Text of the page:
Jen from The Scrumptious Pumpkin

Eat, Play, Love

John from Society Red

Domestic Diva, MD

Lesley from Bucket List Publications

Sweet Little Thang

 Rules of the Award:

1. Visit and thank the blogger who nominated you.
2. Acknowledge that blogger on your blog with a link to theirs.
3. Answer the “Super Sweet” questions.
4. Nominate a “Baker’s Dozen” (13) blogs for the award, including a link to their blogs in your post, and notify them on their blogs.
5. Copy & paste the award onto your blog.

Classic Cut-Out Sugar Cookies


Once a year, I turn up the Christmas music, clear off the counters, and devote an entire day to cookie-baking. Some years I bake with my best friend and her mom, some years we bake with multiple mother-daughter duos, and some years it’s just my mom and me. No matter how many people are there, or how many types of cookies/candy we make, the Christmas spirit always comes alive when I’m in the kitchen rolling out sugar cookies or stirring a pan of boiling fudge with the people I love.

It seems like the more people we get together with, the more treats are made. In the past we’ve tried our hands at taffy, peanut brittle, spritz cookies, peanut butter blossoms, and fudge, but the one type of cookie that is absolutely essential to our baking day is the classic roll-out sugar cookie. I’ve probably tried out a dozen different recipes for Christmas cookies over the years, ranging from Betty Crocker Sugar Cookie Mix to delicate butter cookies to gluten-free sugar cookies. I have to say that my favorite recipe is from a Better Homes and Gardens cookbook that my parents bought me many years ago when I was just starting to bake on my own. The recipe is very simple, rolls out easily, and tastes delicious every time. I love that it includes a pinch of nutmeg in the dough, but you could just leave it out if you’re not a nutmeg fan (in which case I am so, so sorry for the deprivation your tastebuds must face).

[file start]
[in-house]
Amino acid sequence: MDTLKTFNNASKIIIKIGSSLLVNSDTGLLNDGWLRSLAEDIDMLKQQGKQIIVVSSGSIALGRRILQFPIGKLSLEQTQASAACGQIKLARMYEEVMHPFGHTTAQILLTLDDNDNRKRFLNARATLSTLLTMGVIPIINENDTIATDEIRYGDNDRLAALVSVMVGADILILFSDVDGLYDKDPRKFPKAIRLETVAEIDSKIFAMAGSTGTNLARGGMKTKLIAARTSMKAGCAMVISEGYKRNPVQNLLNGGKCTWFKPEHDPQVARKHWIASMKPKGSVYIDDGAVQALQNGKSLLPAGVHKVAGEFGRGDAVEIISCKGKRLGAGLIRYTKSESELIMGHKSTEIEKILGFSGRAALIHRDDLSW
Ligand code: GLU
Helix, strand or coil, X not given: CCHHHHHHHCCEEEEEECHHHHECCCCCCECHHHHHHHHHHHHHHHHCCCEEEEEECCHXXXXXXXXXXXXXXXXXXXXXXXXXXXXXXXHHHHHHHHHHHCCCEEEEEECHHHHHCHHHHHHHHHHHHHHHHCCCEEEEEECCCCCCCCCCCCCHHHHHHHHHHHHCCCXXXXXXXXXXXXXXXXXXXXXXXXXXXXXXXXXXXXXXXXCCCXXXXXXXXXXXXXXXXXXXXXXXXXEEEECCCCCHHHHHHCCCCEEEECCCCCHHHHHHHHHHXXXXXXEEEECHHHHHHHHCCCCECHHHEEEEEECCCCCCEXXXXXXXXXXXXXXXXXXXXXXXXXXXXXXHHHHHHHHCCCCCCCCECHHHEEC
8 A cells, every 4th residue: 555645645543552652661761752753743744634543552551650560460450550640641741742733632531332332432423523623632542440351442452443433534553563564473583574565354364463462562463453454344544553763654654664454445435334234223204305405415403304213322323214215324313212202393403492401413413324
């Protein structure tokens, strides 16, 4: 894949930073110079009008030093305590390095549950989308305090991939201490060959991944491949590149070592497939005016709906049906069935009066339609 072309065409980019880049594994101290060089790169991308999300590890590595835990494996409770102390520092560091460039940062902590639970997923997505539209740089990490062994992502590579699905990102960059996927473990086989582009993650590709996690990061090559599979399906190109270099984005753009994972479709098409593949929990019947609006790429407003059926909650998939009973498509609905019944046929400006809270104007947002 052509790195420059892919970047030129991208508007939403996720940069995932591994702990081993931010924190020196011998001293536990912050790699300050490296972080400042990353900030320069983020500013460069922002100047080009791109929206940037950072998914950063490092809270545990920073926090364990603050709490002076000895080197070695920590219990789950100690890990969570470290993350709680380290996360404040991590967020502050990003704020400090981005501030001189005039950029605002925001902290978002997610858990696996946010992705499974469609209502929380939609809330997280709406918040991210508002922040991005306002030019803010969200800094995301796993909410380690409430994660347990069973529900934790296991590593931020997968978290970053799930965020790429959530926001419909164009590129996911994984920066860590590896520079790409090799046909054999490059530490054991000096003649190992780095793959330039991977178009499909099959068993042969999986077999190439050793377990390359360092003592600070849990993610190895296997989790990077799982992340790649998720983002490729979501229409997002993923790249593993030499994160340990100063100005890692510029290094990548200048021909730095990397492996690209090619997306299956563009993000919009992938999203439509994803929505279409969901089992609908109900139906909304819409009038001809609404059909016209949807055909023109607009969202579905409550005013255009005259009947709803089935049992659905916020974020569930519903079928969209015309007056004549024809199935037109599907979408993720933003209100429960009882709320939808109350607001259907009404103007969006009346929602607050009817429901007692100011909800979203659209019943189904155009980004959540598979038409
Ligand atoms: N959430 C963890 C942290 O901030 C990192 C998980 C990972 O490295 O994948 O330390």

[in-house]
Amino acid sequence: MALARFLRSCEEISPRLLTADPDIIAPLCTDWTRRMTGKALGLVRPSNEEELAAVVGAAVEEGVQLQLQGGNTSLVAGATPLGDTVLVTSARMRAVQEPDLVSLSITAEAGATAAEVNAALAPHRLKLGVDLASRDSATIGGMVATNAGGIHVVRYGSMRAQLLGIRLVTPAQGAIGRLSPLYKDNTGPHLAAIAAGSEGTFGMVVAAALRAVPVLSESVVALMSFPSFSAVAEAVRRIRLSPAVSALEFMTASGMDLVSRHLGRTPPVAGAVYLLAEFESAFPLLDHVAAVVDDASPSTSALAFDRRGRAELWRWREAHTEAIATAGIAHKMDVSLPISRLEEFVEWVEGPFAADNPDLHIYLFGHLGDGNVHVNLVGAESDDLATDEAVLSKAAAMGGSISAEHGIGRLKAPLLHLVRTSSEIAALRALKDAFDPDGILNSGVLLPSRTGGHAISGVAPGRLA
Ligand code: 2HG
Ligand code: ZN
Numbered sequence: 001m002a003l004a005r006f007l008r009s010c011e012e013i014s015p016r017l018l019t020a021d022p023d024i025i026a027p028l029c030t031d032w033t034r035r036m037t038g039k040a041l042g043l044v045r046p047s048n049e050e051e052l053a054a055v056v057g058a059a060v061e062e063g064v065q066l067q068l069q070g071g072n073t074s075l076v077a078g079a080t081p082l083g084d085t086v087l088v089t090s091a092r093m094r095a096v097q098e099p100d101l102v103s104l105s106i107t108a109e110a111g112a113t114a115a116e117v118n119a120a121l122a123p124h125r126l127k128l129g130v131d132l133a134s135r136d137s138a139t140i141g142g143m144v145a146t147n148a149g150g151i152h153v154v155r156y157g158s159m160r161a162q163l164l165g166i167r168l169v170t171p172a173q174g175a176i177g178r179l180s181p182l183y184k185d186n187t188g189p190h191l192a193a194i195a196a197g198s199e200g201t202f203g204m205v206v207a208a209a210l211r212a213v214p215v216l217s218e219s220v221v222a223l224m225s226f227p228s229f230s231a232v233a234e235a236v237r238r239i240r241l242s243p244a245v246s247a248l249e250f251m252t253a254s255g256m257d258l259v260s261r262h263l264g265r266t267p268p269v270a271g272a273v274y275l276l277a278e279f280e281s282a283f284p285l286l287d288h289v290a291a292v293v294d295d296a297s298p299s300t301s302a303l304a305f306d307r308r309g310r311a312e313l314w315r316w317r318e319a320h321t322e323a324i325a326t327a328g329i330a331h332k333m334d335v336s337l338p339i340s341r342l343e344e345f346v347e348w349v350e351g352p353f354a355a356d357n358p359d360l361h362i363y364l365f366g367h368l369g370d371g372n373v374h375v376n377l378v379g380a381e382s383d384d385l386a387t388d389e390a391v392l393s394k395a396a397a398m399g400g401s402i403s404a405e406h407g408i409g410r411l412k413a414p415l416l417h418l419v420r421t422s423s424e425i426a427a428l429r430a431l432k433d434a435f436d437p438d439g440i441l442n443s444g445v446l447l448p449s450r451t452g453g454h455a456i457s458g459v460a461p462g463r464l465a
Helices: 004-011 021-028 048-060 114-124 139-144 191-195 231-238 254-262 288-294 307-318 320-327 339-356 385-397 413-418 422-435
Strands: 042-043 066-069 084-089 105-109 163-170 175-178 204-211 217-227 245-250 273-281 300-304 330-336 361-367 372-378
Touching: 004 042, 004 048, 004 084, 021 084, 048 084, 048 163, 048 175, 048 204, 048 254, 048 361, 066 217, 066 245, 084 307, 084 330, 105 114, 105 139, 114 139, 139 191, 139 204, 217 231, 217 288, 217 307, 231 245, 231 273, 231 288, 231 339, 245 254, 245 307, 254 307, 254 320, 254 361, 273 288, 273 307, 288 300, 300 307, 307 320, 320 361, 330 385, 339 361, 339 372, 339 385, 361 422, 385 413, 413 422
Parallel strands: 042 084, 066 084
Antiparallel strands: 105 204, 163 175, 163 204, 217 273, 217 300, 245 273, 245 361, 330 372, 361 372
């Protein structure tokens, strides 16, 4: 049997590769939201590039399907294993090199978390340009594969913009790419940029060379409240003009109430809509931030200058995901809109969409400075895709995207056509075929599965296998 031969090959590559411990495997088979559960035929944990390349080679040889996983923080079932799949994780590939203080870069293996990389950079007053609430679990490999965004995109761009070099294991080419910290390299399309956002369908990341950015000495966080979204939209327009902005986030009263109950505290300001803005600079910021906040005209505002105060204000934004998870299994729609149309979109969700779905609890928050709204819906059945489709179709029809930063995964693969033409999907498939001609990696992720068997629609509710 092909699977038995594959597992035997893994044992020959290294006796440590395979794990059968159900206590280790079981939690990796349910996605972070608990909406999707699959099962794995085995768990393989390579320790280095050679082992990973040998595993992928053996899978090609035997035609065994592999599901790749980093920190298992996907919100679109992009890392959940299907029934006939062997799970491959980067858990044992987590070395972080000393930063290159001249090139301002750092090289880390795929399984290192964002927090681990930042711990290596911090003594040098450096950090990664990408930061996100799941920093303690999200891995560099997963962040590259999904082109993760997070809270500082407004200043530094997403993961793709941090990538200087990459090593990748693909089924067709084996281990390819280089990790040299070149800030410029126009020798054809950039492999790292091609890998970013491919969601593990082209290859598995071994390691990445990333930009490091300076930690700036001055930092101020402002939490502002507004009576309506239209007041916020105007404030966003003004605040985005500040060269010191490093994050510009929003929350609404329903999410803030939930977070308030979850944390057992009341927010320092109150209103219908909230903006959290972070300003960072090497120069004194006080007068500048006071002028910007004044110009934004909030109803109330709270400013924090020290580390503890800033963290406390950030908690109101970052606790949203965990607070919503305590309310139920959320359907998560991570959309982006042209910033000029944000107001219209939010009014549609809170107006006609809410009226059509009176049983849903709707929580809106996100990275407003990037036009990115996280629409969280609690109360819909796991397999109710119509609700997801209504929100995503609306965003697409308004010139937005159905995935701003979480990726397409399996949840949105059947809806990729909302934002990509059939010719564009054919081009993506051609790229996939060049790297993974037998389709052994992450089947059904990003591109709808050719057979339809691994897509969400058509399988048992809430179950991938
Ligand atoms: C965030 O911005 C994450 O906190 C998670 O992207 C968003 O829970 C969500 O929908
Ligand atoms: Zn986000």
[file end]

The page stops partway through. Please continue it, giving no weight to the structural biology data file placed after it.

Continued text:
In my opinion, when it comes to sugar cookies the quality of the cookie doesn’t matter so much…the main fun is decorating! I’m no food snob when it comes to these…canned frosting? Check. Myriad of sprinkles, colored sugar, edible pearls, chocolate chips, raisins, and whatever other mishmash of toppings I can find in the pantry? Check. Someone to decorate with? Christmas CDs in the stereo? My grandmother’s trusty old rolling pin? The ten thousand or so cookie cutters we’ve collected over the years? Check, check, check, check. The most fun of all is the throng of memories that come pouring in…sticky fingers stretching taffy with a group of giggling friends, a swell of pride from rolling out the dough all by myself, brow furrowed in concentration with the placement of tiny sprinkles as lights on my christmas tree cookie, stomach aches from eating too much frosting. I’m a sucker for traditions.